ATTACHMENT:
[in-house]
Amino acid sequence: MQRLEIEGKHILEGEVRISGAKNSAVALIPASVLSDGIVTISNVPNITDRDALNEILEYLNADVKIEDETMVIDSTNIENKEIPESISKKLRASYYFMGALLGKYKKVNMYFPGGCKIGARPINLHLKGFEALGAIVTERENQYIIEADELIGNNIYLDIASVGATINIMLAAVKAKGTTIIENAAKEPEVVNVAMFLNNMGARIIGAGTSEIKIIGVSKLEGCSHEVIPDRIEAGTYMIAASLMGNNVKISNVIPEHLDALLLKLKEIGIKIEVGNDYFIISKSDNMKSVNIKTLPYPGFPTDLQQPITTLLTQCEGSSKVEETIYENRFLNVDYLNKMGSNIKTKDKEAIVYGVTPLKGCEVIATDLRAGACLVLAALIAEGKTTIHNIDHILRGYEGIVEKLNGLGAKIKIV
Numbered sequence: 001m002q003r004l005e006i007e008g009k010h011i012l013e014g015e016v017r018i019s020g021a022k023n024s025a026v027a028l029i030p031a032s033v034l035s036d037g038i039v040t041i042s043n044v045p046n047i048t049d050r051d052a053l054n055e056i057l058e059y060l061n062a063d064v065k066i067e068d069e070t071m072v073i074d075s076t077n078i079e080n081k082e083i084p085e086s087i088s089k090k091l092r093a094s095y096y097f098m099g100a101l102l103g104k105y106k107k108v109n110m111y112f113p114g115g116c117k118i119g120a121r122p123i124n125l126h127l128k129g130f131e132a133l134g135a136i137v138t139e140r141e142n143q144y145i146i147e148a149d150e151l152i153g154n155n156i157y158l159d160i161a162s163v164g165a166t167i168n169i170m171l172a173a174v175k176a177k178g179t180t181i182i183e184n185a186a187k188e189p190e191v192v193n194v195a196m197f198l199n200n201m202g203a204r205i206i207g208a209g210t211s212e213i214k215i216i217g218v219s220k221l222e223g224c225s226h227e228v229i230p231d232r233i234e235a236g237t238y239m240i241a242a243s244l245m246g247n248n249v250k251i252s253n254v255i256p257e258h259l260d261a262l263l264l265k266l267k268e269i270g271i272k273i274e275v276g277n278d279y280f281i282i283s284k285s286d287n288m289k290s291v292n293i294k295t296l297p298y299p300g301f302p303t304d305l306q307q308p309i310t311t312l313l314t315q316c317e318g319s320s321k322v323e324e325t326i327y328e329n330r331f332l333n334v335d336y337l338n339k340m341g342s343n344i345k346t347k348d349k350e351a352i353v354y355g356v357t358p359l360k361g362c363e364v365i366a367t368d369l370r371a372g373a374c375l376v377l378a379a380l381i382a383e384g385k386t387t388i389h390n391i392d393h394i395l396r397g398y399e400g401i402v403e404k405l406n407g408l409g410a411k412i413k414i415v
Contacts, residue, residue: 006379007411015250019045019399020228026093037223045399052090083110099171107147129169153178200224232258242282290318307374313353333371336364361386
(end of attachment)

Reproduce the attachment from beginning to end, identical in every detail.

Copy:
[in-house]
Amino acid sequence: MQRLEIEGKHILEGEVRISGAKNSAVALIPASVLSDGIVTISNVPNITDRDALNEILEYLNADVKIEDETMVIDSTNIENKEIPESISKKLRASYYFMGALLGKYKKVNMYFPGGCKIGARPINLHLKGFEALGAIVTERENQYIIEADELIGNNIYLDIASVGATINIMLAAVKAKGTTIIENAAKEPEVVNVAMFLNNMGARIIGAGTSEIKIIGVSKLEGCSHEVIPDRIEAGTYMIAASLMGNNVKISNVIPEHLDALLLKLKEIGIKIEVGNDYFIISKSDNMKSVNIKTLPYPGFPTDLQQPITTLLTQCEGSSKVEETIYENRFLNVDYLNKMGSNIKTKDKEAIVYGVTPLKGCEVIATDLRAGACLVLAALIAEGKTTIHNIDHILRGYEGIVEKLNGLGAKIKIV
Numbered sequence: 001m002q003r004l005e006i007e008g009k010h011i012l013e014g015e016v017r018i019s020g021a022k023n024s025a026v027a028l029i030p031a032s033v034l035s036d037g038i039v040t041i042s043n044v045p046n047i048t049d050r051d052a053l054n055e056i057l058e059y060l061n062a063d064v065k066i067e068d069e070t071m072v073i074d075s076t077n078i079e080n081k082e083i084p085e086s087i088s089k090k091l092r093a094s095y096y097f098m099g100a101l102l103g104k105y106k107k108v109n110m111y112f113p114g115g116c117k118i119g120a121r122p123i124n125l126h127l128k129g130f131e132a133l134g135a136i137v138t139e140r141e142n143q144y145i146i147e148a149d150e151l152i153g154n155n156i157y158l159d160i161a162s163v164g165a166t167i168n169i170m171l172a173a174v175k176a177k178g179t180t181i182i183e184n185a186a187k188e189p190e191v192v193n194v195a196m197f198l199n200n201m202g203a204r205i206i207g208a209g210t211s212e213i214k215i216i217g218v219s220k221l222e223g224c225s226h227e228v229i230p231d232r233i234e235a236g237t238y239m240i241a242a243s244l245m246g247n248n249v250k251i252s253n254v255i256p257e258h259l260d261a262l263l264l265k266l267k268e269i270g271i272k273i274e275v276g277n278d279y280f281i282i283s284k285s286d287n288m289k290s291v292n293i294k295t296l297p298y299p300g301f302p303t304d305l306q307q308p309i310t311t312l313l314t315q316c317e318g319s320s321k322v323e324e325t326i327y328e329n330r331f332l333n334v335d336y337l338n339k340m341g342s343n344i345k346t347k348d349k350e351a352i353v354y355g356v357t358p359l360k361g362c363e364v365i366a367t368d369l370r371a372g373a374c375l376v377l378a379a380l381i382a383e384g385k386t387t388i389h390n391i392d393h394i395l396r397g398y399e400g401i402v403e404k405l406n407g408l409g410a411k412i413k414i415v
Contacts, residue, residue: 006379007411015250019045019399020228026093037223045399052090083110099171107147129169153178200224232258242282290318307374313353333371336364361386